36 In that case, Black J (at ) identified, and apparently accepted, the submission that the existence of remedies under s 445D of the Act provides a strong reason for the court to decline to intervene before a second meeting of creditors is held. Reference was made to the observations of the plurality of the High Court in Lehman Brothers Holdings Inc v City of Swan  HCA 11; 240 CLR 509 at -, including that:
Earlier provisions required court approval before the scheme was effective; Pt 5.3A provides for disallowance by the Court after the deed has been made.
37 Black J observed (at ) that in determining any subsequent application under s 445D of the Act, brought on the basis that the s 439A report was materially misleading or omitted material information – which are complaints in this case, the court would have a discretion whether to grant relief if the relevant information would not have affected the voting at the second creditors meeting. Reference was made to Re Recycling Holdings Pty Ltd  NSWSC 1016; 107 ACSR 406 at - and -. His Honour concluded that “these matters would generally tend against granting the injunctive relief that is sought in an application of this kind, although they are not conclusive that such relief could never be granted or should not be granted in this case”.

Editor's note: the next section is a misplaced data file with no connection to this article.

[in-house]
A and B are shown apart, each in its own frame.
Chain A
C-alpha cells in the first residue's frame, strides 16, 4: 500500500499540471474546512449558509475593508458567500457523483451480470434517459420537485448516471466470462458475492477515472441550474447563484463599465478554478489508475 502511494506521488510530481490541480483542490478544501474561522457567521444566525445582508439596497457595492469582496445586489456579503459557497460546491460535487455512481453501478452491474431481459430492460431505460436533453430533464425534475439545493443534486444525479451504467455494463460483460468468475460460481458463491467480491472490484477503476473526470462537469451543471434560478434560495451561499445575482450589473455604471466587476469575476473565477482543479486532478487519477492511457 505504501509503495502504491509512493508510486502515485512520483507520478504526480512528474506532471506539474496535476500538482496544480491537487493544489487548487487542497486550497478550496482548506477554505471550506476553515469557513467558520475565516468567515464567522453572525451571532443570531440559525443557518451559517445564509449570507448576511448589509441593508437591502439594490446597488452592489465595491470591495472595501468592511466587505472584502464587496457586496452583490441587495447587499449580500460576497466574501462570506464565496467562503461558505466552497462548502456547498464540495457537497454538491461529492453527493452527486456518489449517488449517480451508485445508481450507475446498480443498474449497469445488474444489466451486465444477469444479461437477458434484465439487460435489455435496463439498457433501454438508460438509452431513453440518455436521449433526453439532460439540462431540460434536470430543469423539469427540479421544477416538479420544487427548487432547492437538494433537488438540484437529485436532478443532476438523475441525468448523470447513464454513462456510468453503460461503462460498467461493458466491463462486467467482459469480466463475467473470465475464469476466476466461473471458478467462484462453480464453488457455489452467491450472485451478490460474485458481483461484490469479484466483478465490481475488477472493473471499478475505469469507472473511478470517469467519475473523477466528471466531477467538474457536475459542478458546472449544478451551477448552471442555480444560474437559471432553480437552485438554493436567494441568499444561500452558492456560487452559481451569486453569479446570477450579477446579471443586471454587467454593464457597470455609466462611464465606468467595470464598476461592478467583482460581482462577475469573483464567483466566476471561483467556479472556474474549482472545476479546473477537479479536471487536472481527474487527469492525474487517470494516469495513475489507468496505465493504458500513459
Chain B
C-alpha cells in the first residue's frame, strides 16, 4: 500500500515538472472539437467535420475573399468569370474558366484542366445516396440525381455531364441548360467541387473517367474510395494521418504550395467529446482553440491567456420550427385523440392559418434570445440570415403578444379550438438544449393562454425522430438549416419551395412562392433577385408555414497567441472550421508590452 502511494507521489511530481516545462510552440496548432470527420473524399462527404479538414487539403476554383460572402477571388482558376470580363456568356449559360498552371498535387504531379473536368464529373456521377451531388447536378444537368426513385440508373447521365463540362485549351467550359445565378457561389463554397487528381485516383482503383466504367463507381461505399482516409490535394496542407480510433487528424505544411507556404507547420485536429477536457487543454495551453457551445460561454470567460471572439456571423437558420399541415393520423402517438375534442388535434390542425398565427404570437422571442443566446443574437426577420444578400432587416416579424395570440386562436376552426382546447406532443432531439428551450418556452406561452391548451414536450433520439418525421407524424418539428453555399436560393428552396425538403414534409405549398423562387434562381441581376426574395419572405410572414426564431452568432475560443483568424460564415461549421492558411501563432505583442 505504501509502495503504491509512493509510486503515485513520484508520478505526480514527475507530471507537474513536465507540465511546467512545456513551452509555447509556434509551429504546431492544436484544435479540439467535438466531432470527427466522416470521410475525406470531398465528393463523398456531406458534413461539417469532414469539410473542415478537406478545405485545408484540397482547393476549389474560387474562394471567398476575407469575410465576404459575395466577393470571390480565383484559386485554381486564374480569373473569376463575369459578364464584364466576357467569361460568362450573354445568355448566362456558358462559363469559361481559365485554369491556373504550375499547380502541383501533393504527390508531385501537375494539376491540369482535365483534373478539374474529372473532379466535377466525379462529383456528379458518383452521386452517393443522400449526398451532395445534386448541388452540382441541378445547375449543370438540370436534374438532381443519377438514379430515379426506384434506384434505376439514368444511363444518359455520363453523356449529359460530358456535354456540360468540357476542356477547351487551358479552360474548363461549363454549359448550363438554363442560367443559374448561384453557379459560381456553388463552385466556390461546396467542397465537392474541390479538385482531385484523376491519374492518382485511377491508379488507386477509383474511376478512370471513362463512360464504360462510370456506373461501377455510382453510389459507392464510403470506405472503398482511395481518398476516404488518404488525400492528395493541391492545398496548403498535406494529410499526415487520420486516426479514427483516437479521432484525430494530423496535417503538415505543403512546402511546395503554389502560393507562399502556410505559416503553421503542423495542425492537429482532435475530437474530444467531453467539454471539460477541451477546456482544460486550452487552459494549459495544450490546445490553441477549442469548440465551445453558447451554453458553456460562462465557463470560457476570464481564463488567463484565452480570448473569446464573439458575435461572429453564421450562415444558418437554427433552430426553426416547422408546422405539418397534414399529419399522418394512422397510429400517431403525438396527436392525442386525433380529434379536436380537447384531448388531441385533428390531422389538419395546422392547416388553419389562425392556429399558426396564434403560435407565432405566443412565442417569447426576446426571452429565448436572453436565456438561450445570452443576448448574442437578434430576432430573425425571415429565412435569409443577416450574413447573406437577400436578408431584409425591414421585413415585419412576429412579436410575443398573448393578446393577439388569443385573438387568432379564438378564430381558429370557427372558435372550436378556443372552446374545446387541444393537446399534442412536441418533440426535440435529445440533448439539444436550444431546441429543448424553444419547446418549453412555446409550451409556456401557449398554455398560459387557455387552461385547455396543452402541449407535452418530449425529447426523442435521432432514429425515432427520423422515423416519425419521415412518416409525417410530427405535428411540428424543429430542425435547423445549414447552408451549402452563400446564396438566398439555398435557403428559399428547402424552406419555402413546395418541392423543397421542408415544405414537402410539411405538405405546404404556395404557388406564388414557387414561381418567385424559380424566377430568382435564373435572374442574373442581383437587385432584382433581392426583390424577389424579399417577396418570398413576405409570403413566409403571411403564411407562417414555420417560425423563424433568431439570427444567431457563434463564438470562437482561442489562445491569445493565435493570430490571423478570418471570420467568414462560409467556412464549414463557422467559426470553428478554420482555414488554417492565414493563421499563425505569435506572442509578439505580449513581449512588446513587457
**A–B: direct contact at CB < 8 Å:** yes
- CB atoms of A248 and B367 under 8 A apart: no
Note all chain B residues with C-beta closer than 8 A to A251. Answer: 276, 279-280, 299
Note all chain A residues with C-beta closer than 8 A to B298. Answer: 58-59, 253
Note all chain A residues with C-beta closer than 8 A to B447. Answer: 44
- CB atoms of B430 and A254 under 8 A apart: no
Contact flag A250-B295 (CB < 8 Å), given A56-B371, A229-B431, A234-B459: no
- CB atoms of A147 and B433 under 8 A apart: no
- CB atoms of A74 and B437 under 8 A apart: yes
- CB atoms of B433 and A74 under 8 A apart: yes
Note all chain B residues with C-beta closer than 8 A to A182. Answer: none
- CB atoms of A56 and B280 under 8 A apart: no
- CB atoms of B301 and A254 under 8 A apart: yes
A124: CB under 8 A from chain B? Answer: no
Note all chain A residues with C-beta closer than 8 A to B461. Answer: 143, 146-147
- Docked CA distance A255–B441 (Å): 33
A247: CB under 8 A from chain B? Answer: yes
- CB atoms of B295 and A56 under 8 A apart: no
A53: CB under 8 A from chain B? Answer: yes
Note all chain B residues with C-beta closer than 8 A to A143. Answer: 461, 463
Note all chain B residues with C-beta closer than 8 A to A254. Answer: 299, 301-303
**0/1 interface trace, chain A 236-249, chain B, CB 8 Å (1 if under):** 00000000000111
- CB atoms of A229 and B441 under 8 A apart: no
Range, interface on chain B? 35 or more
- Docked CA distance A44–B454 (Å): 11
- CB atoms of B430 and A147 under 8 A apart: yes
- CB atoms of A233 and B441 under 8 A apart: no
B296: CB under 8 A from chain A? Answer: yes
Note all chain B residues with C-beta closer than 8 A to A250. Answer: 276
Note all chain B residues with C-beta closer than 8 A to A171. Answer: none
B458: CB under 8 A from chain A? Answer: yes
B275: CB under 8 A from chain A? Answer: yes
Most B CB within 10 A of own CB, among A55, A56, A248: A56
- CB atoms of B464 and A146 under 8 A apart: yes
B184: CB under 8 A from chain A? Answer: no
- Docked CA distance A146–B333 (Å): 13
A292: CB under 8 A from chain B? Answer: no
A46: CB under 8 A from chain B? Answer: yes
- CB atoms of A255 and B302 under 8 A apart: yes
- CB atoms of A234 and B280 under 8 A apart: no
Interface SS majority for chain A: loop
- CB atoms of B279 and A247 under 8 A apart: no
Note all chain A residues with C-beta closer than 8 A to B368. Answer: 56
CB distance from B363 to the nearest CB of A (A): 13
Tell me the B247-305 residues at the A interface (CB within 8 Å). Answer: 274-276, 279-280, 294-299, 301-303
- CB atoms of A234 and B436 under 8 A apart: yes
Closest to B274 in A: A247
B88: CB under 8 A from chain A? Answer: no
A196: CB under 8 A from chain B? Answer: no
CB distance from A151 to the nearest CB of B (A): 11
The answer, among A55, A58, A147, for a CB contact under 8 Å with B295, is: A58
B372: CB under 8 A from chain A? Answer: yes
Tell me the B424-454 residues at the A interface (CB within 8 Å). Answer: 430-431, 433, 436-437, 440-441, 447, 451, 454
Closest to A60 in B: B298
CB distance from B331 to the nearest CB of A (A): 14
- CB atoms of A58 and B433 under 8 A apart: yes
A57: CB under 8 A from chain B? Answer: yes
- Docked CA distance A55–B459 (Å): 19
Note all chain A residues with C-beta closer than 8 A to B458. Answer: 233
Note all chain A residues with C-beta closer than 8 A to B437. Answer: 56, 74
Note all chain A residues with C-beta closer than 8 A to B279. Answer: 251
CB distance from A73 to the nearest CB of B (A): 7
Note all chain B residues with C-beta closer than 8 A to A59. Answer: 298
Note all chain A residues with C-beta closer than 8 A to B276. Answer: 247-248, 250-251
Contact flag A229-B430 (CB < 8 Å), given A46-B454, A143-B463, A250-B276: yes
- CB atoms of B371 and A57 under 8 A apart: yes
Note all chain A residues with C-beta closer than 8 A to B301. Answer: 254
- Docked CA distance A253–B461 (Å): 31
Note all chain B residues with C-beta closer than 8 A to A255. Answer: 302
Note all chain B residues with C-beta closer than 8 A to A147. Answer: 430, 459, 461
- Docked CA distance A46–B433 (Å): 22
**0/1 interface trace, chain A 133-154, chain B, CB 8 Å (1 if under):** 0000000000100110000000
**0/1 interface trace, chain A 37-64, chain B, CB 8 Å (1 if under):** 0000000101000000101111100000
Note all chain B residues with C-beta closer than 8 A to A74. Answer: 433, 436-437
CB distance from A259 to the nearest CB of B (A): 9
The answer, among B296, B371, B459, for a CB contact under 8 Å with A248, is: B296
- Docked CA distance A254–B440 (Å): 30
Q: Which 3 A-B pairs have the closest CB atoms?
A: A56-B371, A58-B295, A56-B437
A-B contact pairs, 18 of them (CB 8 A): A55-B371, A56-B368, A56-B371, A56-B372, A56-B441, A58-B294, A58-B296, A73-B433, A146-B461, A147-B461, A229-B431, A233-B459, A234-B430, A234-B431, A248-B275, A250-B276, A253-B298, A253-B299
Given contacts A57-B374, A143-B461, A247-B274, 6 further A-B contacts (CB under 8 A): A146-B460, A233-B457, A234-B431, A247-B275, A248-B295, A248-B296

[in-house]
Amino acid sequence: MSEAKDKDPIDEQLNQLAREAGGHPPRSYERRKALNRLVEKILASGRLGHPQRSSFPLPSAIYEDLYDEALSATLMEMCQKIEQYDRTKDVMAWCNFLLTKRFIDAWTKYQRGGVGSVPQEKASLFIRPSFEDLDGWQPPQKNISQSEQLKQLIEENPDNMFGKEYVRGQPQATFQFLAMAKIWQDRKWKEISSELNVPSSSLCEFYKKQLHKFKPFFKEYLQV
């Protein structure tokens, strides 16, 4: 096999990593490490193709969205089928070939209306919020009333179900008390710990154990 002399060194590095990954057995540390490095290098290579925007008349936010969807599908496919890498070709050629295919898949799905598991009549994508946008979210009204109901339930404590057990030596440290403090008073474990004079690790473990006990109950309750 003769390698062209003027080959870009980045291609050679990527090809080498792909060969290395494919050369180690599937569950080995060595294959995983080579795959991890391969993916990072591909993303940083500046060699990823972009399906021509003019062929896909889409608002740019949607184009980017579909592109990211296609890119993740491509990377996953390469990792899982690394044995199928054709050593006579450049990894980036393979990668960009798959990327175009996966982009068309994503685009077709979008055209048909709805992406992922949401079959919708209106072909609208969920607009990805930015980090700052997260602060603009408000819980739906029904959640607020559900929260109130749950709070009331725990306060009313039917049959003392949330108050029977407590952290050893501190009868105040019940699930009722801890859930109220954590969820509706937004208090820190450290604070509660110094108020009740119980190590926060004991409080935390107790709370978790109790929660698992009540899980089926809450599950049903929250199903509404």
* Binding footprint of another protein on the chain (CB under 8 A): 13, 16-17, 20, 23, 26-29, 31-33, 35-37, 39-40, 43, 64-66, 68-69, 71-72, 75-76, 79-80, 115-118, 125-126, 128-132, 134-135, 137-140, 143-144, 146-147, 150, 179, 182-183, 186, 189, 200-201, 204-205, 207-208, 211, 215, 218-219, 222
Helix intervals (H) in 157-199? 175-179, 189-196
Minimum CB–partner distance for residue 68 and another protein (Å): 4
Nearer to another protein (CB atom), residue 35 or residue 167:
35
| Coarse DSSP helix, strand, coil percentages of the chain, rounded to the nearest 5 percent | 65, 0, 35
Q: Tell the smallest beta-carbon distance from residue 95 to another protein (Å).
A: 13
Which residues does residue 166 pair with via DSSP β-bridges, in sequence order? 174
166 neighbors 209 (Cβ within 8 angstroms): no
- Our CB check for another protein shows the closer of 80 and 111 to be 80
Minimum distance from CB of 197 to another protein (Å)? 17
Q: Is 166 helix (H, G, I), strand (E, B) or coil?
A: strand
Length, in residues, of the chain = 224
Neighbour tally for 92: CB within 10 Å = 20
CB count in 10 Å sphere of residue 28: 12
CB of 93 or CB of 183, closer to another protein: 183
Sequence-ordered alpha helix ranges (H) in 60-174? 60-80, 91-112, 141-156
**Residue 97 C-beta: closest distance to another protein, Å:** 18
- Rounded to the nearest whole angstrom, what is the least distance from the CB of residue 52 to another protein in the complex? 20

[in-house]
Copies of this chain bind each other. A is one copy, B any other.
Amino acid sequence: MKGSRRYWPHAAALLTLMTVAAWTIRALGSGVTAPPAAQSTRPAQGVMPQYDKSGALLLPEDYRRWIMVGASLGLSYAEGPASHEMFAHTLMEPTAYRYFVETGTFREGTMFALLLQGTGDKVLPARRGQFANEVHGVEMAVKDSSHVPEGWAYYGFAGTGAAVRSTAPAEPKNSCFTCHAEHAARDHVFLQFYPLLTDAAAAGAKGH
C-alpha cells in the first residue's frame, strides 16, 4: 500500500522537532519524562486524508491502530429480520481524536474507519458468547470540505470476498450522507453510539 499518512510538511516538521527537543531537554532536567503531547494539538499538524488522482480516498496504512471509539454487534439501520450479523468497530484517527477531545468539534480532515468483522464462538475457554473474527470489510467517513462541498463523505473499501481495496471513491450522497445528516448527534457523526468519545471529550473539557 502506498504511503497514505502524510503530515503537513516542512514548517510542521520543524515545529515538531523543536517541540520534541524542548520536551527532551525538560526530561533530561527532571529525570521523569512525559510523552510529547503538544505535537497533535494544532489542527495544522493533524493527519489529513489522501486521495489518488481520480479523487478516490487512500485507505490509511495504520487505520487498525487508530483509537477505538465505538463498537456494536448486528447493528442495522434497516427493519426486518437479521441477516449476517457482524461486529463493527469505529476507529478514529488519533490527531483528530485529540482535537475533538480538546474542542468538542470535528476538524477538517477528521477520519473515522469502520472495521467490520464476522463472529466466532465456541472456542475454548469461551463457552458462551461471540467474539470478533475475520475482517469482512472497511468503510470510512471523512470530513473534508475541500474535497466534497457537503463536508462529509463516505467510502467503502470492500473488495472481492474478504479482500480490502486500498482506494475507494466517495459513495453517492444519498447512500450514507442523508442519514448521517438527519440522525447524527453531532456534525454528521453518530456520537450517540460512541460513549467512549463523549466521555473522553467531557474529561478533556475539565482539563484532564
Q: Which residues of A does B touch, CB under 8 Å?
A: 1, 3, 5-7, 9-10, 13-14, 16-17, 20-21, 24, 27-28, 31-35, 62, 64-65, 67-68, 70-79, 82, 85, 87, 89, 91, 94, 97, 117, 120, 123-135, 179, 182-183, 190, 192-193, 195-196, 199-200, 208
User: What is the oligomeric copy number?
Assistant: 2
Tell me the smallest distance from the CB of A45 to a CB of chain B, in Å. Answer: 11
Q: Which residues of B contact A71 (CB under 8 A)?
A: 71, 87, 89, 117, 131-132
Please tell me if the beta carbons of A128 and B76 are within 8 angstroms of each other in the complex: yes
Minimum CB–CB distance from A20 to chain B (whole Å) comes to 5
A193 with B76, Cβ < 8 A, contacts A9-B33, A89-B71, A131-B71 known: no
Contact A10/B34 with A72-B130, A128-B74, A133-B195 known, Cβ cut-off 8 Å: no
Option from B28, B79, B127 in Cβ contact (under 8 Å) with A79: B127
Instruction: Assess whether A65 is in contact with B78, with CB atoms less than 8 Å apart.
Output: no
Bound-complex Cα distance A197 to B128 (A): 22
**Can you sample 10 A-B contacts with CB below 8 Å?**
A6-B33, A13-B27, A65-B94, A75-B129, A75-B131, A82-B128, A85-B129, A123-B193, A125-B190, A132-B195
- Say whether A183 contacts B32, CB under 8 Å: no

38 His Honour also observed (at ) that “it is important that the Court does not, in applications of this kind, deal with matters that are properly dealt with after the event, when creditors’ views are known, and a full factual examination of the issues can be undertaken without the time pressures of an urgent application for final interlocutory relief”. His Honour was not persuaded that the court should seek to determine, in that case, any substantive application at that point, rather than in the context of an application properly brought under s 445D of the Act.
39 The defendants rightly observe that it is at this stage unknown what will occur at the creditors meetings. It may be that they resolve to wind-up the companies, or to enter into the DOCAs, or to end the administrations (s 439C of the Act). The first and third of those possibilities would render the substantive relief sought by the plaintiffs, or at least much of it, redundant. It is really the second possibility, the resolution to execute the DOCAs, which could then lead to the execution of the DOCAs and the prejudice that the plaintiff complains of.